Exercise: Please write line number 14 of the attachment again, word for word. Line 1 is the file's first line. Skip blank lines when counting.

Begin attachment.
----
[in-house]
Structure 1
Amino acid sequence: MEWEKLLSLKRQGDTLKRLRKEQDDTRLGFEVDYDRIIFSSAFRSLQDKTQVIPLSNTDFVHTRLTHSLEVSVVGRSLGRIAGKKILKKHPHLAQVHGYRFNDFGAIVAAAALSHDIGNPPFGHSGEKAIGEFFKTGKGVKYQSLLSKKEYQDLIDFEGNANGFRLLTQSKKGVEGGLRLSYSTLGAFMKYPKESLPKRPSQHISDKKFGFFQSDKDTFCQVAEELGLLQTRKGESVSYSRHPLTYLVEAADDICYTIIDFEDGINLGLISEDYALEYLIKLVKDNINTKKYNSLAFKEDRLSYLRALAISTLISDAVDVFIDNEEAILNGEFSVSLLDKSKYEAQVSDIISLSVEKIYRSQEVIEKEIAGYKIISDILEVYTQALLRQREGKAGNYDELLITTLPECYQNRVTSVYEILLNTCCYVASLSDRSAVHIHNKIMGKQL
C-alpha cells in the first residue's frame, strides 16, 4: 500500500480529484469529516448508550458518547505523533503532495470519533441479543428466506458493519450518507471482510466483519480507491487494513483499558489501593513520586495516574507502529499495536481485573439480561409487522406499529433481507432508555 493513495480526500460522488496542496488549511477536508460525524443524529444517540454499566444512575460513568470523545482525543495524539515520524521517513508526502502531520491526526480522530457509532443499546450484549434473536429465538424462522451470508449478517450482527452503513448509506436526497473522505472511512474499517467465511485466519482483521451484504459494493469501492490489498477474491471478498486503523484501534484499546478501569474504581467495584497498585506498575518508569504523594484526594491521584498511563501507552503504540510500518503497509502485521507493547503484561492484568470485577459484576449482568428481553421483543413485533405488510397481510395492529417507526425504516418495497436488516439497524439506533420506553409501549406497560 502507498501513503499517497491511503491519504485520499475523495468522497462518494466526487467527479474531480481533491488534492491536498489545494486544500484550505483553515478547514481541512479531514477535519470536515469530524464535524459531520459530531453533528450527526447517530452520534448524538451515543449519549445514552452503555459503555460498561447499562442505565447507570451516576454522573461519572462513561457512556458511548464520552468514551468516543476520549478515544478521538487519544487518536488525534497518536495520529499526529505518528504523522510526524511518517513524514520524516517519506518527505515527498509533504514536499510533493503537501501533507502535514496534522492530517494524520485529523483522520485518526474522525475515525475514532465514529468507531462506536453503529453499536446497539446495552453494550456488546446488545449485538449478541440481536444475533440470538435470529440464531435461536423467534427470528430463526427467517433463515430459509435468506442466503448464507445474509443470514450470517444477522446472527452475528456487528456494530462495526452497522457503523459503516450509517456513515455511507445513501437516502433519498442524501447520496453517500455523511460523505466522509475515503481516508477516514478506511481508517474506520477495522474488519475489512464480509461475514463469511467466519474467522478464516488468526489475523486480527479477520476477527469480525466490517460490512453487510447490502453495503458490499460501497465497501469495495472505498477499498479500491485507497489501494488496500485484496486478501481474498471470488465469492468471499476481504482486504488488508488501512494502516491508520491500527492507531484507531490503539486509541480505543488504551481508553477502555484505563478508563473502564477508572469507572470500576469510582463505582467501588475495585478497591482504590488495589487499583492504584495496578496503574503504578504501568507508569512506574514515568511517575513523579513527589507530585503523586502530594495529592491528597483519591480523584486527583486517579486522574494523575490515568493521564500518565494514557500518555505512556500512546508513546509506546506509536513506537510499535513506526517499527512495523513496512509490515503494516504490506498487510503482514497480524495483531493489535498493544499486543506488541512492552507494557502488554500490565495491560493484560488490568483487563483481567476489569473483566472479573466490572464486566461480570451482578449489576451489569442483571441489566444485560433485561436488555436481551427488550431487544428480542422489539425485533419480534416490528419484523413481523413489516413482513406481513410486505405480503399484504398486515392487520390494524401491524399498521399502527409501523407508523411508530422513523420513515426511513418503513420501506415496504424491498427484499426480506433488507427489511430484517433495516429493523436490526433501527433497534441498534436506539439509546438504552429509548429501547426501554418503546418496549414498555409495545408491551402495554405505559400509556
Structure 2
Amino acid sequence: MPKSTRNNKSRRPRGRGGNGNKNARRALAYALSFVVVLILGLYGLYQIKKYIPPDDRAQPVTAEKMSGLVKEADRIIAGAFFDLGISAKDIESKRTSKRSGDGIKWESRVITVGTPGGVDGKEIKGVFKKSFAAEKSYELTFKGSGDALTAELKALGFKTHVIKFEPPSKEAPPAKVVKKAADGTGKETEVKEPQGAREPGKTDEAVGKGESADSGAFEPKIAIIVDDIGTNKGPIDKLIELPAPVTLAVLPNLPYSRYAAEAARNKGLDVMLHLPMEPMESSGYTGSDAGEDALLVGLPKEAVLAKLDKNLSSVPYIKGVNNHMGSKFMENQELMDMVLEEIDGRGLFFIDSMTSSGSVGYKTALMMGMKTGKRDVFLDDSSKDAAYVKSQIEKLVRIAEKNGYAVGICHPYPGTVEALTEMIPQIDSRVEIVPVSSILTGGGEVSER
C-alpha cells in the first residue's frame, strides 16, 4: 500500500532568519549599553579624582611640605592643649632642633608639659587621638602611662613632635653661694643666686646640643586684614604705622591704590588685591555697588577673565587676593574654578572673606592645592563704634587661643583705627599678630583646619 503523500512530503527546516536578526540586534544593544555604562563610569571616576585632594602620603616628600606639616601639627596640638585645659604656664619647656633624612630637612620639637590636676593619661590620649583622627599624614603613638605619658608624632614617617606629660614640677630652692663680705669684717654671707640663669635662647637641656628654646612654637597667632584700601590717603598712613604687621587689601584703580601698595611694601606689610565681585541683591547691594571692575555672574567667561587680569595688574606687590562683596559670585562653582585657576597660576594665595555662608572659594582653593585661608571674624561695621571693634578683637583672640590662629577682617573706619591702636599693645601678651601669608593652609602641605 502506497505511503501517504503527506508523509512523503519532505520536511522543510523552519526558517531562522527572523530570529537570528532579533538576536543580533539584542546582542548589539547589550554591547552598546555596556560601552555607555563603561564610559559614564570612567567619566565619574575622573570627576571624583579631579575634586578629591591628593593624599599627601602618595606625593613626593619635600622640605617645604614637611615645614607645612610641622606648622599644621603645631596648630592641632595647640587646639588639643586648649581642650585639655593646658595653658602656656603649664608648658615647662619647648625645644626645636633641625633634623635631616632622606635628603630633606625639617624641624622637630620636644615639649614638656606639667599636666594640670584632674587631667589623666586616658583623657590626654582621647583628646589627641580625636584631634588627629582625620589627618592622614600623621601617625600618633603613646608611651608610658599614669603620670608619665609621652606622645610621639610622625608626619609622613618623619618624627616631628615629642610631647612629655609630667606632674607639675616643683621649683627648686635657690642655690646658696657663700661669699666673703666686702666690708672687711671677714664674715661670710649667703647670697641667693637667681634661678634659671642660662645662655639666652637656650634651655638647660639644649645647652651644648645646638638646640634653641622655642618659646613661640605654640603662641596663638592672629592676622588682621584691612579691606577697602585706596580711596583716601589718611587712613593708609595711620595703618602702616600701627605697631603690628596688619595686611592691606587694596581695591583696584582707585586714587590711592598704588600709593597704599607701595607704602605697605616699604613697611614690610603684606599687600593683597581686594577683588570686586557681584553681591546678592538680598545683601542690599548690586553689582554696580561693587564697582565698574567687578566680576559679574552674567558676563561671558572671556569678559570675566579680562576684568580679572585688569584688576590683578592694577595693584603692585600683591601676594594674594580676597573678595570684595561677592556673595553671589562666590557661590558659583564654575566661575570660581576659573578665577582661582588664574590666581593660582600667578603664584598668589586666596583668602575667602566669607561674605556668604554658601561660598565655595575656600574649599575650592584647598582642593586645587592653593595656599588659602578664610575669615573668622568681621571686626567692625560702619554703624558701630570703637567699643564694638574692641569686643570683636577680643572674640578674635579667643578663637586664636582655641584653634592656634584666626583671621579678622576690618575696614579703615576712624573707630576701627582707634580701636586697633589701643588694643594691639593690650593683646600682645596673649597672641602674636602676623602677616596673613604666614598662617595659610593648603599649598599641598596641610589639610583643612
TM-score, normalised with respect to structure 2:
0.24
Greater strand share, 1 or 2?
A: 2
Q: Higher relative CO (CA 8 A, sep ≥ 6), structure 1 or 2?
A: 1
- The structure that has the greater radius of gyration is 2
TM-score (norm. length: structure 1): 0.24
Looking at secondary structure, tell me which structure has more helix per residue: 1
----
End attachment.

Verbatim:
- The structure that has the greater radius of gyration is 2